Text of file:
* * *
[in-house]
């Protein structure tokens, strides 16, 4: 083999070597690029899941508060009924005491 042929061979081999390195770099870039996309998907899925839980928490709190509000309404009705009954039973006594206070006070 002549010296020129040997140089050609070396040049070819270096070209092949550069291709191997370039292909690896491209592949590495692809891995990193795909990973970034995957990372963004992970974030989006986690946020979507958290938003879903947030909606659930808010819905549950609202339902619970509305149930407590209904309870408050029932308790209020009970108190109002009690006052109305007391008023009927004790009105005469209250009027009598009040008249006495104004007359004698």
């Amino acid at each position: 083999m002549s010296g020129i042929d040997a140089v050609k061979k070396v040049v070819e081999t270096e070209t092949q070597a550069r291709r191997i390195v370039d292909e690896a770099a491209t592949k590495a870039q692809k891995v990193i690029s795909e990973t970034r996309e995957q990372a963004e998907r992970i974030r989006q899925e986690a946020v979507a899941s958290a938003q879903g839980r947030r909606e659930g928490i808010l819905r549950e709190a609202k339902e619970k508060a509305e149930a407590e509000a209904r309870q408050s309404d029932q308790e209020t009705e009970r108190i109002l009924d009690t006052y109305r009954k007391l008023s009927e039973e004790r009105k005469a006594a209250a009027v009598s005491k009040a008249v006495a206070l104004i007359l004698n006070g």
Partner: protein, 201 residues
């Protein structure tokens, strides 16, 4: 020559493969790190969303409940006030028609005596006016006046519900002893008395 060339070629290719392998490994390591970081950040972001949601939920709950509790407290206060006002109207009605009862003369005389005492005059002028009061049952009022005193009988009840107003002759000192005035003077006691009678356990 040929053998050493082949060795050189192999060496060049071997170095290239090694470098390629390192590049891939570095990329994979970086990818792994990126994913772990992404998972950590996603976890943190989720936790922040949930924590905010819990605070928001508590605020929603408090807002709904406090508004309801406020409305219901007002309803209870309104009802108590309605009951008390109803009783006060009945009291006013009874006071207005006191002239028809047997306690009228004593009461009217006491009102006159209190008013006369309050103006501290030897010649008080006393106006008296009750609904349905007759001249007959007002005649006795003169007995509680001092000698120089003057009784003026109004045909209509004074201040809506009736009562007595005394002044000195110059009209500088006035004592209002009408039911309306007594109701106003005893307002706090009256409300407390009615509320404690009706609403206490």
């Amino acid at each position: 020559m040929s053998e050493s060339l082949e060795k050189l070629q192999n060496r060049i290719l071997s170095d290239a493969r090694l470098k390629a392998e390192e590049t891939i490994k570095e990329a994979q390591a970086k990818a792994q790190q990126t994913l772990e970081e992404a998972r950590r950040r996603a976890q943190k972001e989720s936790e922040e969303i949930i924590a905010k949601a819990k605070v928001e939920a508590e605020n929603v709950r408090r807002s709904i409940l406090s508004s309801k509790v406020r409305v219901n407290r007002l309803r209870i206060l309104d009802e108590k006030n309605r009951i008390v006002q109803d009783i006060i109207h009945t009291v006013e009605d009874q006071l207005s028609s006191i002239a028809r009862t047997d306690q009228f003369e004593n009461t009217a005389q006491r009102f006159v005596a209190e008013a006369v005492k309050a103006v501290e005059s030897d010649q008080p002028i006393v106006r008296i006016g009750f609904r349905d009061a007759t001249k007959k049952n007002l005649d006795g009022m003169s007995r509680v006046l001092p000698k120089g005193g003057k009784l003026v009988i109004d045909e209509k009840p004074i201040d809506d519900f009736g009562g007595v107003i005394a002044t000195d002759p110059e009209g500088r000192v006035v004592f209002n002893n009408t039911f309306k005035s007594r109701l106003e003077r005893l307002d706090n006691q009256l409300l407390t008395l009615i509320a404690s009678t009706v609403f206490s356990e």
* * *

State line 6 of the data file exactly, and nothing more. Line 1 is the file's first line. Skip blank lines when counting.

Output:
């Amino acid at each position: 020559m040929s053998e050493s060339l082949e060795k050189l070629q192999n060496r060049i290719l071997s170095d290239a493969r090694l470098k390629a392998e390192e590049t891939i490994k570095e990329a994979q390591a970086k990818a792994q790190q990126t994913l772990e970081e992404a998972r950590r950040r996603a976890q943190k972001e989720s936790e922040e969303i949930i924590a905010k949601a819990k605070v928001e939920a508590e605020n929603v709950r408090r807002s709904i409940l406090s508004s309801k509790v406020r409305v219901n407290r007002l309803r209870i206060l309104d009802e108590k006030n309605r009951i008390v006002q109803d009783i006060i109207h009945t009291v006013e009605d009874q006071l207005s028609s006191i002239a028809r009862t047997d306690q009228f003369e004593n009461t009217a005389q006491r009102f006159v005596a209190e008013a006369v005492k309050a103006v501290e005059s030897d010649q008080p002028i006393v106006r008296i006016g009750f609904r349905d009061a007759t001249k007959k049952n007002l005649d006795g009022m003169s007995r509680v006046l001092p000698k120089g005193g003057k009784l003026v009988i109004d045909e209509k009840p004074i201040d809506d519900f009736g009562g007595v107003i005394a002044t000195d002759p110059e009209g500088r000192v006035v004592f209002n002893n009408t039911f309306k005035s007594r109701l106003e003077r005893l307002d706090n006691q009256l409300l407390t008395l009615i509320a404690s009678t009706v609403f206490s356990e």